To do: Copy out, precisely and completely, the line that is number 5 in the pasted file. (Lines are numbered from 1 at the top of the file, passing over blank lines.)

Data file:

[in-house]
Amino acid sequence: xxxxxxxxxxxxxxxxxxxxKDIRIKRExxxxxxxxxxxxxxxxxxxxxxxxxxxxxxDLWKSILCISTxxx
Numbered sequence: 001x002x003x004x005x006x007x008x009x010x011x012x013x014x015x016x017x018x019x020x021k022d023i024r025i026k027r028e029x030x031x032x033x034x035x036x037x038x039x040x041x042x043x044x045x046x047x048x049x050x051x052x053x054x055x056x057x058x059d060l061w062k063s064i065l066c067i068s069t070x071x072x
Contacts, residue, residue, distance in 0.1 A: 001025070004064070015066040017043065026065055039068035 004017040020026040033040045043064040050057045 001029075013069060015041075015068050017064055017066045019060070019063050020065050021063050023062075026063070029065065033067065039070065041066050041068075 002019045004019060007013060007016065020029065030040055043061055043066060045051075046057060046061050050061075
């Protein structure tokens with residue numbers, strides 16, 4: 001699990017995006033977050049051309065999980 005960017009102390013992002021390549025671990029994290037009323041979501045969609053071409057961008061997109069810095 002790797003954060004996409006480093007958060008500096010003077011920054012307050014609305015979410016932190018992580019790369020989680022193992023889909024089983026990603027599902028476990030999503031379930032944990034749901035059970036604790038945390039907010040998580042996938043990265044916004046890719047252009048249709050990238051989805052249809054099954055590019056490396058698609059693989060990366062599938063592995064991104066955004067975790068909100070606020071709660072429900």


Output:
């Protein structure tokens with residue numbers, strides 16, 4: 001699990017995006033977050049051309065999980 005960017009102390013992002021390549025671990029994290037009323041979501045969609053071409057961008061997109069810095 002790797003954060004996409006480093007958060008500096010003077011920054012307050014609305015979410016932190018992580019790369020989680022193992023889909024089983026990603027599902028476990030999503031379930032944990034749901035059970036604790038945390039907010040998580042996938043990265044916004046890719047252009048249709050990238051989805052249809054099954055590019056490396058698609059693989060990366062599938063592995064991104066955004067975790068909100070606020071709660072429900």